Cody at Stewpot

Cody, a junior political science major, received a public service internship award from the Maguire Center for Ethics and Public Responsibility this summer. She will be working with the Stewpot in downtown Dallas. She plans to attend several City Council meetings and to learn about the public policy of homelessness and how it is changing in Dallas, with the opening of the new and nontraditional Bridge Homeless Assistance Center. She hopes to help the Stewpot understand the attitude of the city toward the homeless population and the reflections of that attitude in city policy.

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Chronic homelessness: What about the other 5,000?

In 2001 there was a national call to end chronic homelessness. Basically, President Bush and the U.S. Department of Housing and Urban Development told cities they needed to develop 10-year plans to end chronic homelessness. Mayor Laura Miller got the ball rolling, and a 10-year plan was developed and finished in 2003. Apparently, cities across the country have these plans to end chronic homelessness.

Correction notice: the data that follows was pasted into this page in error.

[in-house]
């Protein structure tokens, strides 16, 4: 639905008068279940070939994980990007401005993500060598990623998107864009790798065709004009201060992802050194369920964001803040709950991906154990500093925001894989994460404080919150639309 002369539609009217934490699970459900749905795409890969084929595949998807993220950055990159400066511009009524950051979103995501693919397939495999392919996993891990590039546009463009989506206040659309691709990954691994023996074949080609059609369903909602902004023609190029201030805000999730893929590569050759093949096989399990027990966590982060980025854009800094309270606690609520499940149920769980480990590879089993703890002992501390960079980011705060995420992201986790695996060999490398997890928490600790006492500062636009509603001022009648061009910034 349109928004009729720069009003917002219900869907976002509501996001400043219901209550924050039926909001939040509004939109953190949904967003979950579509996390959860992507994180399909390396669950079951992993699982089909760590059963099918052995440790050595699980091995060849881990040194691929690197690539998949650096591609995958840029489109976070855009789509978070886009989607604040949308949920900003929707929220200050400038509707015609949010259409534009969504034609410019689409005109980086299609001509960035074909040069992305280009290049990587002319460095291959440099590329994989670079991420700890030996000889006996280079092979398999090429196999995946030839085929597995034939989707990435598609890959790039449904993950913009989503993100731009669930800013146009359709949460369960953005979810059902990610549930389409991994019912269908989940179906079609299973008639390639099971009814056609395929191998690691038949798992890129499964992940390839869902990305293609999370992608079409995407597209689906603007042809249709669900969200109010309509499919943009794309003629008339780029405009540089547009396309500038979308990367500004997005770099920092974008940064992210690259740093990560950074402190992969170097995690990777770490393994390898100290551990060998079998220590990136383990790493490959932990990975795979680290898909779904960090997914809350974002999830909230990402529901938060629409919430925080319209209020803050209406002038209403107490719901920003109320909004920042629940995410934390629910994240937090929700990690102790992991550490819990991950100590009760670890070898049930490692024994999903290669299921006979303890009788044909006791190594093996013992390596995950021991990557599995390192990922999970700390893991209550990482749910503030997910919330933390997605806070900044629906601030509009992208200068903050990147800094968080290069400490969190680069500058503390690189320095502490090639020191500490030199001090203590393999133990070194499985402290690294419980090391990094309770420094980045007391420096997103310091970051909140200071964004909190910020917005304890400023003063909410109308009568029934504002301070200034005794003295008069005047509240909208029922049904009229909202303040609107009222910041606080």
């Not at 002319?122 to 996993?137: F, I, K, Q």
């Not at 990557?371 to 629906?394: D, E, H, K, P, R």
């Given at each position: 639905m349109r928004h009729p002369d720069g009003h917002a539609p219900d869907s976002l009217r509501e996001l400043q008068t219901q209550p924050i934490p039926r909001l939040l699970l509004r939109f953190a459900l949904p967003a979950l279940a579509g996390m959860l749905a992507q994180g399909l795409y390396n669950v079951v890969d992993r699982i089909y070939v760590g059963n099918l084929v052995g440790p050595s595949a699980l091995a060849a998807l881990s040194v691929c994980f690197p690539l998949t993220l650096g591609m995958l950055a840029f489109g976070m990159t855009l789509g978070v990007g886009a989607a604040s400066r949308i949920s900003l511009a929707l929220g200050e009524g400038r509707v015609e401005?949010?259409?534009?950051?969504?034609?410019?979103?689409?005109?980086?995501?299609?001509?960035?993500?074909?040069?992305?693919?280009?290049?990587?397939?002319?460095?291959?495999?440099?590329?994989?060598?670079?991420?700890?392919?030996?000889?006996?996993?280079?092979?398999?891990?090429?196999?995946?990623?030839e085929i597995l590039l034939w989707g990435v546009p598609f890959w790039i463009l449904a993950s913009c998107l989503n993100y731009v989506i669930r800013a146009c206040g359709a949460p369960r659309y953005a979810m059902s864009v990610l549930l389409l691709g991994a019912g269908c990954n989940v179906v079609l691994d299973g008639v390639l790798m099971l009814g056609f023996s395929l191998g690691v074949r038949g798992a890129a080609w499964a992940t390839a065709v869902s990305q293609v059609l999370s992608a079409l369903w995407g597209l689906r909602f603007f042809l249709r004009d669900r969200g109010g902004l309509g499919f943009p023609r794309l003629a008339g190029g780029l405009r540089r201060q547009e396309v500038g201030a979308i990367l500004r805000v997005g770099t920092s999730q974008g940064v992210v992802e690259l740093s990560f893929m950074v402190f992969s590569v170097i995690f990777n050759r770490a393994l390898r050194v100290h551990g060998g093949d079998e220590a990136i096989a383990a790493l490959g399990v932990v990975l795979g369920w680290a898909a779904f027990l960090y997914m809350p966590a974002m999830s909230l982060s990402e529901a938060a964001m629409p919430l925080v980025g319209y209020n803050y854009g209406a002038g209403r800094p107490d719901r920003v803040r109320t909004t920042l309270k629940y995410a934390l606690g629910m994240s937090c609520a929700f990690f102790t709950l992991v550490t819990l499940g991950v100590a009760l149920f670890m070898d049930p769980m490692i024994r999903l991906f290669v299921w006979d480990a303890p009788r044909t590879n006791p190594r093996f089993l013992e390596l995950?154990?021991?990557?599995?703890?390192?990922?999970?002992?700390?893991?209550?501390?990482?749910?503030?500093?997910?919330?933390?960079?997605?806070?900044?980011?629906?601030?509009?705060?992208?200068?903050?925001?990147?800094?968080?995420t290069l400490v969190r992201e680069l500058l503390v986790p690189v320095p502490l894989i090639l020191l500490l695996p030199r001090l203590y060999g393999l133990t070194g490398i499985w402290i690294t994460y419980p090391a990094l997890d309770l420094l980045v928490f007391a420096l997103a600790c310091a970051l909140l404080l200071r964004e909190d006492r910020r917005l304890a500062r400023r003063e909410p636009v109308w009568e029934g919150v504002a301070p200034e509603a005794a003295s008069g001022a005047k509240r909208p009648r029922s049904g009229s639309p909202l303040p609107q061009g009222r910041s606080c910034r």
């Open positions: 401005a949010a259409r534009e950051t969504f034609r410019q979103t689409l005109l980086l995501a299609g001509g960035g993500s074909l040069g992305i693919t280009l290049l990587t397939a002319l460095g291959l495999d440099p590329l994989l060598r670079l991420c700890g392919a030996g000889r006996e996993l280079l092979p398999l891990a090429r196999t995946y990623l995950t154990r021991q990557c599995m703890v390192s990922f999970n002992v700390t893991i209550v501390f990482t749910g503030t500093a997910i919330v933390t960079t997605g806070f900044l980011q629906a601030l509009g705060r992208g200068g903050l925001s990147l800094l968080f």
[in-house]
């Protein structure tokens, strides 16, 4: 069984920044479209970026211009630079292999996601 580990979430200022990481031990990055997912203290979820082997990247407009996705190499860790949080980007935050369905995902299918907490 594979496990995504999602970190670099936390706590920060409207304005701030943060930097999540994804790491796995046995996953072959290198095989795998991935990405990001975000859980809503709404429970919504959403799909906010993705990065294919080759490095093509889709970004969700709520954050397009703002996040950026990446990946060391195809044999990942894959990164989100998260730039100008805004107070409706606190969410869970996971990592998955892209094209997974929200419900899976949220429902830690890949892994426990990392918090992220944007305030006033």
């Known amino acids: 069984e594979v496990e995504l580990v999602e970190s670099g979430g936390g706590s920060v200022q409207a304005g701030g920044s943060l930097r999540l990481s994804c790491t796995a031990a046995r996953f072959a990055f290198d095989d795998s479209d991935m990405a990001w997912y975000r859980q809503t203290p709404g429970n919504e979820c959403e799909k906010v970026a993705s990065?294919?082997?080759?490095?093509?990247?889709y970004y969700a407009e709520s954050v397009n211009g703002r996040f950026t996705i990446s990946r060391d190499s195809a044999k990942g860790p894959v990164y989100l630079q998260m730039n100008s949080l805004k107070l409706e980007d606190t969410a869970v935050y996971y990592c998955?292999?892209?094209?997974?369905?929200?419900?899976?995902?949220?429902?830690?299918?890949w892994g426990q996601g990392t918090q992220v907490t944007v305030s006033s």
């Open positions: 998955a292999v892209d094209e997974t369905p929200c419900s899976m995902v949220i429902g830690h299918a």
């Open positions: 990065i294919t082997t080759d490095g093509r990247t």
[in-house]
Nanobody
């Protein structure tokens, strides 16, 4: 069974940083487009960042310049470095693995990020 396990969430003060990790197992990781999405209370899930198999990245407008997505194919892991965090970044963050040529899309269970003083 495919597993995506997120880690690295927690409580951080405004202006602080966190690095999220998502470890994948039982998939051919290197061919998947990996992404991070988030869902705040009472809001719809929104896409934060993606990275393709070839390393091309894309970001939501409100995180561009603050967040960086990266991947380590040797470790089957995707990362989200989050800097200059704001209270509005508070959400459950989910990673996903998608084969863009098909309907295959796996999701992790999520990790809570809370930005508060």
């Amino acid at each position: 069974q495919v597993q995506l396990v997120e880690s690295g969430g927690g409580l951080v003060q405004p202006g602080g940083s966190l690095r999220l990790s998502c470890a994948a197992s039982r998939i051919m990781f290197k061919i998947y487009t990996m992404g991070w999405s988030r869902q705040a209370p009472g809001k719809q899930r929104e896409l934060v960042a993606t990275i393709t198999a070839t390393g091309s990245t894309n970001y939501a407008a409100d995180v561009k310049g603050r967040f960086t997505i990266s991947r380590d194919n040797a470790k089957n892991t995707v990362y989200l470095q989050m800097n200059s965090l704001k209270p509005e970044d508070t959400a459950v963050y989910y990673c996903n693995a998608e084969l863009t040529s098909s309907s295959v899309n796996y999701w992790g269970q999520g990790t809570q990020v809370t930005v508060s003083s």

But what I want to know is, why do we focus exclusively on chronic homelessness? A person is defined as chronically homeless if they have been homeless for a long time (a year or more) and suffer from something that prevents them from becoming un-homeless (mental illness, chemical dependency, disability, etc.).

But get this – when MDHA did its point-in-time homeless count in 2008, only 611 of 5,869 were chronically homeless. The percentage was similar last year. I am sure there is some reasoning, but I am going to ask Mike Faenza about it because I find it a little puzzling (my last week’s meeting was rescheduled to this week). Maybe ending all homelessness is just too big of a task?

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